PXELINUX for booting of ISO images


In the previous post we've gone through the network booting via iPXE and PXELINUX in details (from the iPXE perspective). The idea of the current post is to expand the knowledge base, by explaining how we could network boot an ISO image with the PXELINUX network boot loader. This method could be useful in performing for example Windows network installations, without depending on the Microsoft tool set. In the below example we will show how to load a WinPE image, which could be configured to deploy Windows 7 or Windows Server 2008.


The main idea for this solution came from the requirement to boot a WinPE image (needed for Windows network deployment) from a HTTP server rather than from the TFTP server as required from PXE by default. This requirement was introduced by the fact that TFTP server was not able to provide the corresponding speed to a HTTP server, and also because of the relatively high load, which TFTP server was having when multiple computers try to network boot the WinPE image simultaneously.

By default WinPE WIM image could be network booted by PXELINUX from TFTP server relatively easy. The drawback is that in order to complete this we have to use the Microsoft boot loader, loaded by PXELINUX, which unfortunately supports only TFTP server as a source for the WinPE WIM image. How to perform this will be a topic of a separate article.


The environment used for this solution is the same like in the network booting via iPXE and PXELINUX post, so we will not cover here the same details. The main difference will be in the PXELINUX configuration file, because we have to explain to PXELINUX how to load the ISO image. Below is an example of the modified configuration file.


DEFAULT menu.c32
MENU TITLE  Installer
 KERNEL memdisk
 INITRD winpe.iso
 APPEND iso raw


The main part of this solution is the usage of the MEMDISK auxiliary module (for more information read here). What basically will happen is explained below in more details:

Step 1: After pxelinux.0 network boot loader is loaded, the menu is displayed based on the configuration file above.

Step 2: After the timeout defined in the configuration expires OR a selection in the menu is done, the MEMDISK module is loaded and it loads in the memory the ISO image specified as INITRD. In order to successfully boot the WinPE ISO we need to pass to MEMDISK via APPEND the following parameters: iso and raw. The first one instructs MEMDISK that an ISO image will be loaded, and the second one instructs it to enter protected mode directly.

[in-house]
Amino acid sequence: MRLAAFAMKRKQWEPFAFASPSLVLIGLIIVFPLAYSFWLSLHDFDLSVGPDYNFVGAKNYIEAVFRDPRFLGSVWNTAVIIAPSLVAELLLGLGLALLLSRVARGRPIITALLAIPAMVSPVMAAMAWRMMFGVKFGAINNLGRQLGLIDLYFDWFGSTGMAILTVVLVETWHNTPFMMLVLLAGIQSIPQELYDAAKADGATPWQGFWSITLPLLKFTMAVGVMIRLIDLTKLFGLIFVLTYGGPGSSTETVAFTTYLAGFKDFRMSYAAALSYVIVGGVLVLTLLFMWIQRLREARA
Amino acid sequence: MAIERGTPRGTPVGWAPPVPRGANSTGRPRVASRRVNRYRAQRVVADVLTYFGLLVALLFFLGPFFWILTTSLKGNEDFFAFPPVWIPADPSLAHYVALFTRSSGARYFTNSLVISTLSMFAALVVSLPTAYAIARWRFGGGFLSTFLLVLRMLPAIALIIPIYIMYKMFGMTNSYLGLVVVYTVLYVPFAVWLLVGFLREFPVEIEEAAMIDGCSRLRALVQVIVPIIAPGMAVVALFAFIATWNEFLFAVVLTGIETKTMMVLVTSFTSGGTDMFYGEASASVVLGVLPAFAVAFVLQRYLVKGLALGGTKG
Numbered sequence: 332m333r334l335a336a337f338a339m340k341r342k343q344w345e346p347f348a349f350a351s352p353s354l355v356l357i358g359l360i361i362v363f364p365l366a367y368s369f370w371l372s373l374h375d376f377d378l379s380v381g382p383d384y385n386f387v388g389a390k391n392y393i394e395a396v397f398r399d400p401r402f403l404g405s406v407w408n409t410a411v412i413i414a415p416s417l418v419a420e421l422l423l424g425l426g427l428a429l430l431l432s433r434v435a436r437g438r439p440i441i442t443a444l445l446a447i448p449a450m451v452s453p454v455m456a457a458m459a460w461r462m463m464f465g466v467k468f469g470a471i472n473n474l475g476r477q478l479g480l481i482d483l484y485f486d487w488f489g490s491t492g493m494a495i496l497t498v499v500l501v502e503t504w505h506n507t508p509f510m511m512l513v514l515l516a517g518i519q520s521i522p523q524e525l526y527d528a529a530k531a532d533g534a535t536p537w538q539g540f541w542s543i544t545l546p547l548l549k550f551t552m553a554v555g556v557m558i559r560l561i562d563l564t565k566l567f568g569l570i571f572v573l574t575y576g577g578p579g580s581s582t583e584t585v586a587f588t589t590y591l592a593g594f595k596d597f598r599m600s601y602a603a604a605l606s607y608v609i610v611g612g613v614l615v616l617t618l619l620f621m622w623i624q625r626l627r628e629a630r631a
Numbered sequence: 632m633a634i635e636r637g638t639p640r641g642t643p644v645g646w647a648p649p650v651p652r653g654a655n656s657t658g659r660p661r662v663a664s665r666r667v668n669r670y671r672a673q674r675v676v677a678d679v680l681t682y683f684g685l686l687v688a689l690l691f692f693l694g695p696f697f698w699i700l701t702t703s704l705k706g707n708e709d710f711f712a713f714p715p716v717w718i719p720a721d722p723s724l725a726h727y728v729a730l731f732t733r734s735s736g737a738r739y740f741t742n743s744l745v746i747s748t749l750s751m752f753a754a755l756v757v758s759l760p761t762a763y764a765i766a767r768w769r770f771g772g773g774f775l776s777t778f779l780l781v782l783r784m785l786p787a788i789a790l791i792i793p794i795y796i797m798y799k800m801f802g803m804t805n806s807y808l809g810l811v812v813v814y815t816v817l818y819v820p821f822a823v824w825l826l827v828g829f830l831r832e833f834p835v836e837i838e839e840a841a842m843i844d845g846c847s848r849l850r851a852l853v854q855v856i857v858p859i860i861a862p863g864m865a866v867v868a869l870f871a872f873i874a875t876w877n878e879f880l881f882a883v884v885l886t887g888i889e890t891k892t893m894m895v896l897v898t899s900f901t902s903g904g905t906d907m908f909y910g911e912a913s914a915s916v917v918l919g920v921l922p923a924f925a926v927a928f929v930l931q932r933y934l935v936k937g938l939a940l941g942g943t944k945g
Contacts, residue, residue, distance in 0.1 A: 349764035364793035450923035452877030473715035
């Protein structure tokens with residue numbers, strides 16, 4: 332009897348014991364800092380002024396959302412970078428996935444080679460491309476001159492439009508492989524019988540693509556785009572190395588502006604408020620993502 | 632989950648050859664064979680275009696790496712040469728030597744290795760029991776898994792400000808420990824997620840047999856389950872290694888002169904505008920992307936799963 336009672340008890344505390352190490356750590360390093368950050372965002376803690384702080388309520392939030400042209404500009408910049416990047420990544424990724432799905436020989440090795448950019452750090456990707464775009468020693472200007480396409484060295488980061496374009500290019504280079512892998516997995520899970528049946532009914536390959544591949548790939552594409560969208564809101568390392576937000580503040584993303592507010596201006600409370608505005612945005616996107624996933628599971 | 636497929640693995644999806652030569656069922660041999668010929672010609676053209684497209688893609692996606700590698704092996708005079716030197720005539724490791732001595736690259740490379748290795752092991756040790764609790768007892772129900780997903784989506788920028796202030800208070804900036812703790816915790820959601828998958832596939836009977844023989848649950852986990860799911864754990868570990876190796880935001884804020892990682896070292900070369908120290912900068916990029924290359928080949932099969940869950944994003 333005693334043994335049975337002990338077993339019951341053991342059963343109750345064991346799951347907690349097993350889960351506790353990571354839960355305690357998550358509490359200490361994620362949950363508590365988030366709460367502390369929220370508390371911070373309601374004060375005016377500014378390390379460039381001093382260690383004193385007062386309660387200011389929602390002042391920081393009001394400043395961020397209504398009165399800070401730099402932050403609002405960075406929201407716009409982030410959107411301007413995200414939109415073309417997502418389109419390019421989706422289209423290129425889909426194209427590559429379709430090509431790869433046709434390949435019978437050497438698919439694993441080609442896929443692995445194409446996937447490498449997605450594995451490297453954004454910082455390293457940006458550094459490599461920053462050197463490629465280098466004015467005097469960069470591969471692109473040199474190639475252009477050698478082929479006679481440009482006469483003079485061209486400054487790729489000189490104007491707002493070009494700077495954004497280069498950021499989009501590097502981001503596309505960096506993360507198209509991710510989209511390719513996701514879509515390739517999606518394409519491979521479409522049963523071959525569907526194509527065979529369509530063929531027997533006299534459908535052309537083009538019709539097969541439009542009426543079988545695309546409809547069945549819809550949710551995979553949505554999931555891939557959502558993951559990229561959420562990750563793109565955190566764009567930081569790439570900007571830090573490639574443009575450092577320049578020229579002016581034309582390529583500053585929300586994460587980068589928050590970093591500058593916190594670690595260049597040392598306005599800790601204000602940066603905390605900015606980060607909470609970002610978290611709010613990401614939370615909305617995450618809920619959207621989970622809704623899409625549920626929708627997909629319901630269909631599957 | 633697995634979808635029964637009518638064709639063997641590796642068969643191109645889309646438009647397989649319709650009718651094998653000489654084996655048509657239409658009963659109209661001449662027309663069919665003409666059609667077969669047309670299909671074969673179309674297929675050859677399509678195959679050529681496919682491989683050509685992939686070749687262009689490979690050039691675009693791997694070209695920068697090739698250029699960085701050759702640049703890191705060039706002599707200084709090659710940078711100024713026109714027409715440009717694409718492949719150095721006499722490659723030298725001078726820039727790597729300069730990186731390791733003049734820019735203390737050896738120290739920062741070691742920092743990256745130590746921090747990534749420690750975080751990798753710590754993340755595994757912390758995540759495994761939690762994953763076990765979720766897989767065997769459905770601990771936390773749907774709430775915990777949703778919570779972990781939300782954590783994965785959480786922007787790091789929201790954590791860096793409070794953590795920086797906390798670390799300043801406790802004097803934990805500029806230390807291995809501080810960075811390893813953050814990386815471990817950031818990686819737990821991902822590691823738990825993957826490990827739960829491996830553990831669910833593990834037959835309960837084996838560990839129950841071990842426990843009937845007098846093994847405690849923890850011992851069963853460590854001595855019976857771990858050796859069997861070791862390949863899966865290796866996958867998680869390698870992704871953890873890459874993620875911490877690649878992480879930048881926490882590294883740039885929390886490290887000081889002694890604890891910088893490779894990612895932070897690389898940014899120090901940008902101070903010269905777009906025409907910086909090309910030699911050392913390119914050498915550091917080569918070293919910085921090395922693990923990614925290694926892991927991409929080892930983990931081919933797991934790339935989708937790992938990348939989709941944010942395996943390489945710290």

From this point on the WinPE is loaded and it takes control. It is important to mention here that the memory on the system, which is being network booted, has to be enough to support this method. What we mean by enough is that it should have at least 2x the size of the WinPE image, because during the booting, MEMDISK first copies the ISO image to memory, and then boots the WinPE from that ISO in the memory, which results in double memory requirement. This for the WinPE is not a problem, because the size is around 180MB, which means that any system with at least 512MB memory should have no problem. This in combination with the Windows system requirements makes it not a problem, if we would like to deploy Windows OS, because the system requirements anyway exceed this 512MB.

!!! Important point is that during WinPE ISO creation we have to make sure that the bootfix.bin file from the \ISO\boot folder is deleted. This is important, because otherwise if a partition is detected on the HDD the WinPE will ask us to press any key to boot the ISO, which we do not want in unattended installation. See this link for more details, plus this link for a tutorial on how to create a custom WinPE ISO.


  1. MEMDISK page
  2. Network booting via iPXE
  3. Walkthrough: Create a Custom Windows PE Image
Comments (11) Trackbacks (0)
  1. It’s now possible to load WinPE directly via HTTP: see http://ipxe.org/howto/winpe

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